Guillermo Olicón Méndez
01.10.2021 – 30.09.2023
In this project, we develop a random bifurcation theory for chemical reaction networks whose kinetics are properly modeled by Markov jump processes. For large reactants, model reduction to reaction rate equations (ODEs) and Langevin equations (SDEs) is possible and computationally alleviating. We investigate which model reductions succeed in preserving pathwise properties of the jump process in terms of dynamical stability and bifurcation behavior stemming from varying reaction rates.
In more details, we consider general models of large sets of molecules that can be allocated to a certain number of different species. Reactions, changing the number of molecules of a subset of species, occur at certain rates which are defined as propensity funtions involving reaction rate constants. Assuming that these functions depend only on the state of the whole reaction system, one can describe the changes of the system over time, i.e. the dynamics, as a Markov jump process driven by independent Poisson processes. For high accumulations of reaction events, the Poisson variables can be approximated by normal random variables, yielding the chemical Langevin equation (CLE) which is a stochastic differential equation (SDE). In the thermodynamic limit where volume and volume-dependent molecule numbers scale in a fixed proportion approaching infinity, we may average over the noise terms to obtain the purely deterministic version of the CLE, i.e. an ODE also called reaction rate equation (RRE).
For all three approximation levels, there are corresponding differential equations, describing the evolution of the probability distribution of states ; in the stochastic case, this evolution is described by the forward Kolmogorov equation, which takes the form of the chemical master equation for the Markov jump process and the form of a Fokker-Planck equation for the CLE. The corresponding PDE for the RRE is called Liouville equation. Many investigations focus on these equations comparing distributions of the reaction process and its approximation models, and by that only capture statistical properties of the processes.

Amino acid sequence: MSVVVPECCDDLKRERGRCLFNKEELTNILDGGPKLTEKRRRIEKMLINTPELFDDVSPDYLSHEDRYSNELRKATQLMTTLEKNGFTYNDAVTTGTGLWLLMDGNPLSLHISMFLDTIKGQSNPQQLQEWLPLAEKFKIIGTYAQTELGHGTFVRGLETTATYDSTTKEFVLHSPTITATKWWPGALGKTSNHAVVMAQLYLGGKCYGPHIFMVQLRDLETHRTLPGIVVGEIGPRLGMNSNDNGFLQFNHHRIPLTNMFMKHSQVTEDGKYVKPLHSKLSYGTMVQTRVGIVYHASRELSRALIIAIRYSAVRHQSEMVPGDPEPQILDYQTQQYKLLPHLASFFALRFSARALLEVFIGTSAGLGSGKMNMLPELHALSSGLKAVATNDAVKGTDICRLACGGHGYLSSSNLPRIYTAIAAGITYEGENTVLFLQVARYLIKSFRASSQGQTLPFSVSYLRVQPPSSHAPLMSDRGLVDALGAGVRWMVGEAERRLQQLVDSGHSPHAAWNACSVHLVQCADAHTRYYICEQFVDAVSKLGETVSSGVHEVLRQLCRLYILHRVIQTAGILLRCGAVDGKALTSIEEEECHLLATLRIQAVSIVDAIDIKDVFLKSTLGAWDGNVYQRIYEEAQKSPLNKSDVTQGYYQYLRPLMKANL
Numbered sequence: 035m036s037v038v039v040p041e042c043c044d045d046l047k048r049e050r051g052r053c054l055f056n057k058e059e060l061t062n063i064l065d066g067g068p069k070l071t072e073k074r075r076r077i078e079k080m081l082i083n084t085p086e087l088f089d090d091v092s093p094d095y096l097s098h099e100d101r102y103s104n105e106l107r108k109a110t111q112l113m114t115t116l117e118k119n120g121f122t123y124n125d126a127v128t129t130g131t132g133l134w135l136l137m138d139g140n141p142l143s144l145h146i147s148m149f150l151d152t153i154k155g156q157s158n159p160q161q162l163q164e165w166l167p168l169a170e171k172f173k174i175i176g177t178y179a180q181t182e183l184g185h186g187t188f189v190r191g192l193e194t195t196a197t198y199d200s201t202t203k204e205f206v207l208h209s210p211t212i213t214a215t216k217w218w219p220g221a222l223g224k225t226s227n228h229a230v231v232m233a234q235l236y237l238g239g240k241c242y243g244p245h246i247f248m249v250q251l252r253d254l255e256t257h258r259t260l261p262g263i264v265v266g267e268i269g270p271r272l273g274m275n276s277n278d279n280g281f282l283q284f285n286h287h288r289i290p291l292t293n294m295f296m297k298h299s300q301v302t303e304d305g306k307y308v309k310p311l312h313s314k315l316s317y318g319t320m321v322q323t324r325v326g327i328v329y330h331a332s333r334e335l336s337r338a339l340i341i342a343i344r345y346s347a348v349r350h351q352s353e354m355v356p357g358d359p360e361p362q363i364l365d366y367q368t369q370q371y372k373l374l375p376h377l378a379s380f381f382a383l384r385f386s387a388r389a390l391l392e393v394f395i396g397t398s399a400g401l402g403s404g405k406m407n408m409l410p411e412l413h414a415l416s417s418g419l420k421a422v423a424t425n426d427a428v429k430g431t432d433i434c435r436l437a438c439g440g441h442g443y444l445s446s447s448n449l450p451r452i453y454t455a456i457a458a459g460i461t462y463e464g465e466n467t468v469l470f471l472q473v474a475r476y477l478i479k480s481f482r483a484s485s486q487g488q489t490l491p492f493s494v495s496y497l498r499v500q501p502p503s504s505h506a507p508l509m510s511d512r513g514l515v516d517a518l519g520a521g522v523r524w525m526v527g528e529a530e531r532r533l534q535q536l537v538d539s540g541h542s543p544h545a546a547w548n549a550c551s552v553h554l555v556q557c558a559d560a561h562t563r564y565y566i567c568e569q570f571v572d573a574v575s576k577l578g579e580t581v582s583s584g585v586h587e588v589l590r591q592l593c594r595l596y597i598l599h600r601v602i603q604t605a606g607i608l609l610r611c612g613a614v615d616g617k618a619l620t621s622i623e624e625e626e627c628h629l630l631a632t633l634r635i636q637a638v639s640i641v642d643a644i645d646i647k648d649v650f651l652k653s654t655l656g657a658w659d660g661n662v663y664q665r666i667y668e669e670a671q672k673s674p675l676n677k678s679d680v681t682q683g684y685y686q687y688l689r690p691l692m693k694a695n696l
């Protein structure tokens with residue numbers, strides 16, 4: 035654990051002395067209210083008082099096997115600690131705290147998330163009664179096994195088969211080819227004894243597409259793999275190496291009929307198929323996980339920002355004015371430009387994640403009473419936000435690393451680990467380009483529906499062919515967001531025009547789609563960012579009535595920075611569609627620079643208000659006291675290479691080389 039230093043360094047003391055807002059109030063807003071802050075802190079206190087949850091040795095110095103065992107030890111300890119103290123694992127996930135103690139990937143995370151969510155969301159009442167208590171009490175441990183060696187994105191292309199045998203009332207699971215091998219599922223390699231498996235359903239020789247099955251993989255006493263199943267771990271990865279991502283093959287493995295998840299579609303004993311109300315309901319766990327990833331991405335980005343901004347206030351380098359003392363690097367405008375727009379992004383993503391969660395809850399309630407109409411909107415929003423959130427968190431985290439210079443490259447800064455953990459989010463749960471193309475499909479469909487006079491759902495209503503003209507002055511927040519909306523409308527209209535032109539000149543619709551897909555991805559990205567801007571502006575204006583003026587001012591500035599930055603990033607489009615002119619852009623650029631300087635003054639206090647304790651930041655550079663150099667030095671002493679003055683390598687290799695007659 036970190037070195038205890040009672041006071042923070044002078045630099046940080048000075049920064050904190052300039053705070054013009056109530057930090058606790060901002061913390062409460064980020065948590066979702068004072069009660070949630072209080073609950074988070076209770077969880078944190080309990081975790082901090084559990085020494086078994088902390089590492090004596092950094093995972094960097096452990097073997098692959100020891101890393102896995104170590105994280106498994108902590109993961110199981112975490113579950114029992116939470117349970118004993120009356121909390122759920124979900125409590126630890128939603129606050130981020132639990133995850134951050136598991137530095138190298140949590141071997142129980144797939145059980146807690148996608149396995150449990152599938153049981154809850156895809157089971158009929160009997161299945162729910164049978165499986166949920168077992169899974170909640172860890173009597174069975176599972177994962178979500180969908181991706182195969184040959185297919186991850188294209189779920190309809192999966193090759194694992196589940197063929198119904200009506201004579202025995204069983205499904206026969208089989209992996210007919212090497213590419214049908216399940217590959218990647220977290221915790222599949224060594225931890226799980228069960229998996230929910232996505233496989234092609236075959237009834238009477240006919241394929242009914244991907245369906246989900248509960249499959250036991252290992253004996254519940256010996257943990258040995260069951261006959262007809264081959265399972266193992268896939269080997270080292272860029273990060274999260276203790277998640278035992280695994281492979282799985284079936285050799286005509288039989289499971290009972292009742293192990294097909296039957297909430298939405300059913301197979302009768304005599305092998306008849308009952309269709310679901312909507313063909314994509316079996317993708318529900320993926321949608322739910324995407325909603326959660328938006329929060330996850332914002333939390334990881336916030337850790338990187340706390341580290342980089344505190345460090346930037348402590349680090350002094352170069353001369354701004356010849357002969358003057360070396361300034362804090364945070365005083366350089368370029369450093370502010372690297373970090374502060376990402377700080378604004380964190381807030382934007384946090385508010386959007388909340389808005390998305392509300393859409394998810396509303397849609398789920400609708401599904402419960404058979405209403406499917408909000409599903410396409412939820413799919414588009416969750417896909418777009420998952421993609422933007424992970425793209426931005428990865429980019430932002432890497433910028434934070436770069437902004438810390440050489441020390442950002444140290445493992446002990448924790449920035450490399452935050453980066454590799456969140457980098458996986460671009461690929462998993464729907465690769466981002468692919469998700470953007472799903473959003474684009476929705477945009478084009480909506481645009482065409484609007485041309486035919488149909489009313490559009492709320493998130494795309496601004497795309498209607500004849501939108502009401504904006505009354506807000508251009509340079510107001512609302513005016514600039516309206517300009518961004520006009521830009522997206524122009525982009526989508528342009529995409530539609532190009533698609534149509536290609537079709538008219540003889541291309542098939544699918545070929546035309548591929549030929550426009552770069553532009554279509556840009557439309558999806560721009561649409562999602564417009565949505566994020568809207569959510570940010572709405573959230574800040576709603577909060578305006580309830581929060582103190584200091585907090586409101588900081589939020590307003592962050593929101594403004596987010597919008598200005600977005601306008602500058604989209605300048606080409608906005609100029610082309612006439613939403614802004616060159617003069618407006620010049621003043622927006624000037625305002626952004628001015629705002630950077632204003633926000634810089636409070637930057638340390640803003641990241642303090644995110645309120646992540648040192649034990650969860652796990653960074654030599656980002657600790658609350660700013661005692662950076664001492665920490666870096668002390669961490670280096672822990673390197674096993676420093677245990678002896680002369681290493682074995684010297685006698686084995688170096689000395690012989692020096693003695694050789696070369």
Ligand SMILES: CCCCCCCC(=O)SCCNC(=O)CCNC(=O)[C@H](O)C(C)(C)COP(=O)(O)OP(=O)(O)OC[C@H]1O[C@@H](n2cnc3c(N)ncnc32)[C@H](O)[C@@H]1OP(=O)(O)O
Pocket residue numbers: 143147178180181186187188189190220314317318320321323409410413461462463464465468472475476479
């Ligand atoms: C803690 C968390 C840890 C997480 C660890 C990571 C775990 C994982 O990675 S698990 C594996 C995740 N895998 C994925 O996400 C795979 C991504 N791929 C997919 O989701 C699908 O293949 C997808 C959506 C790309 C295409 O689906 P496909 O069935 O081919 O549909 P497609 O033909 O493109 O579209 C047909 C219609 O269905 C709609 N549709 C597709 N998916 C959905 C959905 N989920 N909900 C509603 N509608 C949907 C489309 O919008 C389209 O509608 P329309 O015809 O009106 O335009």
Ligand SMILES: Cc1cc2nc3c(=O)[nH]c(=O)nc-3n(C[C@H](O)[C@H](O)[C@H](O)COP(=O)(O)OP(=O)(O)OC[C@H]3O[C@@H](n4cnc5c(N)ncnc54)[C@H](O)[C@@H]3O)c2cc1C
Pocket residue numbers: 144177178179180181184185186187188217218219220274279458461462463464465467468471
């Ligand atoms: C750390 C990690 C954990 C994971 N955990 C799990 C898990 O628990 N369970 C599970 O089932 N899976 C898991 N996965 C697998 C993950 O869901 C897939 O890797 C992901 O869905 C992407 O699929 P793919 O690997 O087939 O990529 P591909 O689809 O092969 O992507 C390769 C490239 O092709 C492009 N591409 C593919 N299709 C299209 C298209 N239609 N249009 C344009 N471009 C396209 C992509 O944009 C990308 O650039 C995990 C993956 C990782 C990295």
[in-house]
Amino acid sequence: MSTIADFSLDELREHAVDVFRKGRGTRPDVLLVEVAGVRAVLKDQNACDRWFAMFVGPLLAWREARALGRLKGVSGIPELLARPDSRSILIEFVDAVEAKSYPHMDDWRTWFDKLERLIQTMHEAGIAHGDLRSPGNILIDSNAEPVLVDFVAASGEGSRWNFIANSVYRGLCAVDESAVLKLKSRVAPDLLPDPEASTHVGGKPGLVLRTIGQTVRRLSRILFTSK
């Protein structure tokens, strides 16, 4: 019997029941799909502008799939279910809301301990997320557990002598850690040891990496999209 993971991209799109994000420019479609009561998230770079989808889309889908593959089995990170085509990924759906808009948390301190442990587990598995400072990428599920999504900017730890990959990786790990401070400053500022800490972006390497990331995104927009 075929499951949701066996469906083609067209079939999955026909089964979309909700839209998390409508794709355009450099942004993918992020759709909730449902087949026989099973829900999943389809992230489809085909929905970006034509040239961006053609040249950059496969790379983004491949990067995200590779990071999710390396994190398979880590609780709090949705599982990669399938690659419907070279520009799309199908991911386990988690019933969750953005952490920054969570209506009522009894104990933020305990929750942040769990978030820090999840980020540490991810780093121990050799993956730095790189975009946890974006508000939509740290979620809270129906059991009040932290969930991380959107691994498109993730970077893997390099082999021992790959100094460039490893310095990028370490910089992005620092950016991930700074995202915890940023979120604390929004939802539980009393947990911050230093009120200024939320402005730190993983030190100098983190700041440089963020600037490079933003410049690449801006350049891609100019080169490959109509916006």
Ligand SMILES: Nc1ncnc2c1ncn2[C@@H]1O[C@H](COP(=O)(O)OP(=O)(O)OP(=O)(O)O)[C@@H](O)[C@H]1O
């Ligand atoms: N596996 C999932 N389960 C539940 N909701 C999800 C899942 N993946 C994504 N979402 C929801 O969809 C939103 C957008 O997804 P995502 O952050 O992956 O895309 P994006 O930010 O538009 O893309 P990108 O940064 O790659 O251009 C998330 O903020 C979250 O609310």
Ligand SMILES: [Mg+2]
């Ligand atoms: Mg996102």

We employ the perspective of random dynamical systems (RDS) in order to understand trajectory-wise behavior of the Markov jump process in comparison to the SDE solution, and to demonstrate what can be missed, also in the thermodynamic limit, by only focusing on expectations given by solutions of the RRE. The RDS approach compares two trajectories with the same noise realizations and analyzes whether they synchronize or diverge asymptotically, determining the form of a random attractor. By applying techniques of linearization and multiplicative ergodic theory, we are the first to investigate and compare thoroughly the stability behavior of all three models; this becomes highly relevant when changes of rate constants are considered such that bifurcations can be detected. A crucial role is played by the Hopf bifurcation, where an attracting equilibrium loses stability and an attracting periodic orbit occurs, which exhibits complicated behavior under noise perturbations (see first Figure below).
One first project concerns the Brusselator, a chemical toy model, for which we investigate transient and asymptotic phenomena in the Langevin dynamics (see several Figures below), building up tools for new RDS descriptions of stochastic oscillators in chemical reaction networks (CRNs). A second current project investigates synchronization effects for underlying Markov jump process in CRNs, in collaboration with S. Winkelmann’s group at ZIB. Both lines of study are anticipated to lead to preprints in the first half of 2022.
M. Engel, G. Olicón-Méndez. Singular perturbation analysis of the Brusselator (in preparation)
M. Engel, G. Olicón-Méndez. Noise-induced instabilities in a stochastic Brusselator, under review for Contemporary Mathematics: topics in multiple time scale dynamics, 2023, arXiv:2305.18021